Detailed modelling of a large sample of Herschel sources in the Lockman Hole: identification of cold dust and of lensing candidates through their anomalous SEDs

Rowan-Robinson, Michael, Wang, Lingyu, Wardlow, Julie, Farrah, Duncan, Oliver, Seb, Bock, Jamie, Clarke, Charlotte, Clements, David, Ibar, Edo, Gonzales-Solares, Eduardo, Marchetti, Lucia, Scott, Douglas, Smith, Anthony, Vaccari, Mattia and Valtchanov, Ivan (2014) Detailed modelling of a large sample of Herschel sources in the Lockman Hole: identification of cold dust and of lensing candidates through their anomalous SEDs. Monthly Notices of the Royal Astronomical Society, 445 (4). pp. 3848-3861. ISSN 0035-8711

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Abstract

We have studied in detail a sample of 967 SPIRE sources with 5σ detections at 350 and 500 μm and associations with Spitzer-SWIRE 24 μm galaxies in the HerMES-Lockman survey area, fitting theirmid- and far-infrared, and submillimetre, spectral energy distributions (SEDs) in an automatic search with a set of six infrared templates. For almost 300 galaxies,we havemodelled their SEDs individually to ensure the physicality of the fits. We confirm the need for the new cool and cold cirrus templates, and also of the young starburst template, introduced in earlier work. We also identify 109 lensing candidates via their anomalous SEDs and provide a set of colour–redshift constraints which allow lensing candidates to be identified from combined Herschel and Spitzer data. The picture that emerges of the submillimetre galaxy population is complex, comprising ultraluminous and hyperluminous starbursts, lower luminosity galaxies dominated by interstellar dust emission, lensed galaxies and galaxies with surprisingly cold (10–13 K) dust. 11 per cent of 500 μm selected sources are lensing candidates. 70 per cent of the unlensed sources are ultraluminous infrared galaxies and 26 per cent are hyperluminous. 34 per cent are dominated by optically thin interstellar dust (‘cirrus’) emission, but most of these are due to cooler dust than is characteristic of our Galaxy. At the highest infrared luminosities we see SEDs dominated by M82, Arp 220 and young starburst types, in roughly equal proportions.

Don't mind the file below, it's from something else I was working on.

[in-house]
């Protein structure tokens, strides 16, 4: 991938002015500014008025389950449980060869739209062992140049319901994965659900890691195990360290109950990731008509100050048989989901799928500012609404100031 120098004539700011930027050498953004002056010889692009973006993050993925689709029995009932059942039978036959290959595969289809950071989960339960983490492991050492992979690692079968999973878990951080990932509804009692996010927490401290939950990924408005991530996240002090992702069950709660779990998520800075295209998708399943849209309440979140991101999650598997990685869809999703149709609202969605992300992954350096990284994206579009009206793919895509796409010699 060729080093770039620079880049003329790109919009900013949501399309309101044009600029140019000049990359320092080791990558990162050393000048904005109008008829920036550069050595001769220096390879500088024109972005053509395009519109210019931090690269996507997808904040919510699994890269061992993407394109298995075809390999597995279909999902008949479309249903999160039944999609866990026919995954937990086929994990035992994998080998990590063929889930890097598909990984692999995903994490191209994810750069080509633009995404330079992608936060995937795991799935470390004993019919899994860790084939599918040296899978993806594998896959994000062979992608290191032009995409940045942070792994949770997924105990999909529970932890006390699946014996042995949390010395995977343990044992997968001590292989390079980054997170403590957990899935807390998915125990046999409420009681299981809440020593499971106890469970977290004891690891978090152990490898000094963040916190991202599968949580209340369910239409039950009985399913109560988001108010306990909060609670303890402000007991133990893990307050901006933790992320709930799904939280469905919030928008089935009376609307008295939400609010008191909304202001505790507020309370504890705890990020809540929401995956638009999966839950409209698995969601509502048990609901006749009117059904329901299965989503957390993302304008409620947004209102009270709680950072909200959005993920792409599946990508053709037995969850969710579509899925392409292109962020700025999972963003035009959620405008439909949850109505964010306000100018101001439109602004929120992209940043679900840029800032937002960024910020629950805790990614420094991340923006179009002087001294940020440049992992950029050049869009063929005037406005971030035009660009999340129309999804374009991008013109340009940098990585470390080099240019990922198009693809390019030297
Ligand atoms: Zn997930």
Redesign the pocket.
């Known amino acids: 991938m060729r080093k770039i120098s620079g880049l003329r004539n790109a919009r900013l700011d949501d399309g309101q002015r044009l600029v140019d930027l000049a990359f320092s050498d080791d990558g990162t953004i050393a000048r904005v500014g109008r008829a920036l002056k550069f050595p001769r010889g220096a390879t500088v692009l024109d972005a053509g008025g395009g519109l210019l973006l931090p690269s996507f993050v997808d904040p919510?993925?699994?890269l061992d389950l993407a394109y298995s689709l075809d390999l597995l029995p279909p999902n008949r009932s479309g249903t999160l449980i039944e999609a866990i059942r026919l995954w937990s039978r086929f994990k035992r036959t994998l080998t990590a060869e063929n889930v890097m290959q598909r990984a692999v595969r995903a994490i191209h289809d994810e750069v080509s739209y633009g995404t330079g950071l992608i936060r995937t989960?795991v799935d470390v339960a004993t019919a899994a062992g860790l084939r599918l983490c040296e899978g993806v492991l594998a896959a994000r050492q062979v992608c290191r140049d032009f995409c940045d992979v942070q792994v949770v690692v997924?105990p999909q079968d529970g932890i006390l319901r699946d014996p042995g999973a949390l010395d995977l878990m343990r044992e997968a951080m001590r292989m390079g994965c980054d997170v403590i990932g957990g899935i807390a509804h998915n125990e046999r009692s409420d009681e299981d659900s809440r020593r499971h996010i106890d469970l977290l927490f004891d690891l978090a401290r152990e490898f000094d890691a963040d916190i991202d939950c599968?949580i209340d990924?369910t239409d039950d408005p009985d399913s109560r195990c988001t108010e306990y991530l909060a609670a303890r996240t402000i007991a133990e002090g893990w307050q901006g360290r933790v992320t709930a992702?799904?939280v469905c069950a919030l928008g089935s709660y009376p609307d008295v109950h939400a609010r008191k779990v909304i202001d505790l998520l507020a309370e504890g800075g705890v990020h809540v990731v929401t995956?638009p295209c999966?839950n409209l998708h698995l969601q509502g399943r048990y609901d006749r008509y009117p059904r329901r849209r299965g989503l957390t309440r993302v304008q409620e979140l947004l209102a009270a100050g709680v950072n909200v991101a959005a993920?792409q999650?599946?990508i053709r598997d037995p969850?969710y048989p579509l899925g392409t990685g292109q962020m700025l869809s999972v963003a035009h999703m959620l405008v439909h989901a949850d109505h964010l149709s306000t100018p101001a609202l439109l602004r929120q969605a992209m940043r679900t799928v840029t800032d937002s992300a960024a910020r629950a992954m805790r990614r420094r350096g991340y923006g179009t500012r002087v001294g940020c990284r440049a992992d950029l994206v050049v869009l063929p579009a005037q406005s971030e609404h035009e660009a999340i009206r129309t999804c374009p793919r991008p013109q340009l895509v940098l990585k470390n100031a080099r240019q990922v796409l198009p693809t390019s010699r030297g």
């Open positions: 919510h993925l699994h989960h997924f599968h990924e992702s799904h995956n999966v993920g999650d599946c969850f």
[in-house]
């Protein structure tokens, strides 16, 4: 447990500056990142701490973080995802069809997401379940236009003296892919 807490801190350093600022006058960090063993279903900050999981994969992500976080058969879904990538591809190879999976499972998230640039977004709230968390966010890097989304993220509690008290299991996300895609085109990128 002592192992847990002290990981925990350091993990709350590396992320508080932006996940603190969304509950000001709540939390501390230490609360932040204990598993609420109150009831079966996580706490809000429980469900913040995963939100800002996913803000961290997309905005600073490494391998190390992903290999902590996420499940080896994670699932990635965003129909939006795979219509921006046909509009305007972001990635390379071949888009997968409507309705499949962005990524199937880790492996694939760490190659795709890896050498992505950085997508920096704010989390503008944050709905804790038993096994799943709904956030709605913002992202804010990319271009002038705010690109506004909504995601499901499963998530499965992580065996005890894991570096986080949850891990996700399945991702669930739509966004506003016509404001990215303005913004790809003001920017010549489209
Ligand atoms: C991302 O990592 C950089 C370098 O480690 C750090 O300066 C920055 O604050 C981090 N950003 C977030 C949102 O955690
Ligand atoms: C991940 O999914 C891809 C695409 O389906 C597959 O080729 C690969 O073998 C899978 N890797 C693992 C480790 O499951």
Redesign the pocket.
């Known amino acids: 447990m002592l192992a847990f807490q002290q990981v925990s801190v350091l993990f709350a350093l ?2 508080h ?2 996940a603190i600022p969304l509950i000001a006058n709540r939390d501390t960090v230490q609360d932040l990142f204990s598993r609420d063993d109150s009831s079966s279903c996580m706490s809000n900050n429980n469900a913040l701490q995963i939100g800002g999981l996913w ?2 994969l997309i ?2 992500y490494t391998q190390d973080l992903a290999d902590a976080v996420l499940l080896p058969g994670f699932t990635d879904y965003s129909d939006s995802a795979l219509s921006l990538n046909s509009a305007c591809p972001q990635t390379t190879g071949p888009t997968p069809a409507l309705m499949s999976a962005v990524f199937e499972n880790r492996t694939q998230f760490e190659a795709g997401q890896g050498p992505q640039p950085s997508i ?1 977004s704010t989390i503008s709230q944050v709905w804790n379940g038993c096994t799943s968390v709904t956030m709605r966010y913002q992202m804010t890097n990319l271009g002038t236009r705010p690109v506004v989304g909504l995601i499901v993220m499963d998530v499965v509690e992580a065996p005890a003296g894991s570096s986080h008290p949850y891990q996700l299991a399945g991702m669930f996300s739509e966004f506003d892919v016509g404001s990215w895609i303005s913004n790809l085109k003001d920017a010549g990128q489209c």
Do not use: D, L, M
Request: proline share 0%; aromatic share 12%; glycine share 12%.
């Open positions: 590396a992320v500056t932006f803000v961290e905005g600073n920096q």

Item Type: Article
Keywords: gravitational lensing; strong-galaxies; evolution-galaxies; starbust-cosmology; observations-infrared; galaxies-submillimetre; galaxies
Schools and Departments: School of Mathematical and Physical Sciences > Physics and Astronomy
Subjects: Q Science > QB Astronomy > QB0460 Astrophysics
Depositing User: Richard Chambers
Date Deposited: 15 May 2015 14:46
Last Modified: 07 Mar 2017 07:16
URI: http://sro.sussex.ac.uk/id/eprint/54006

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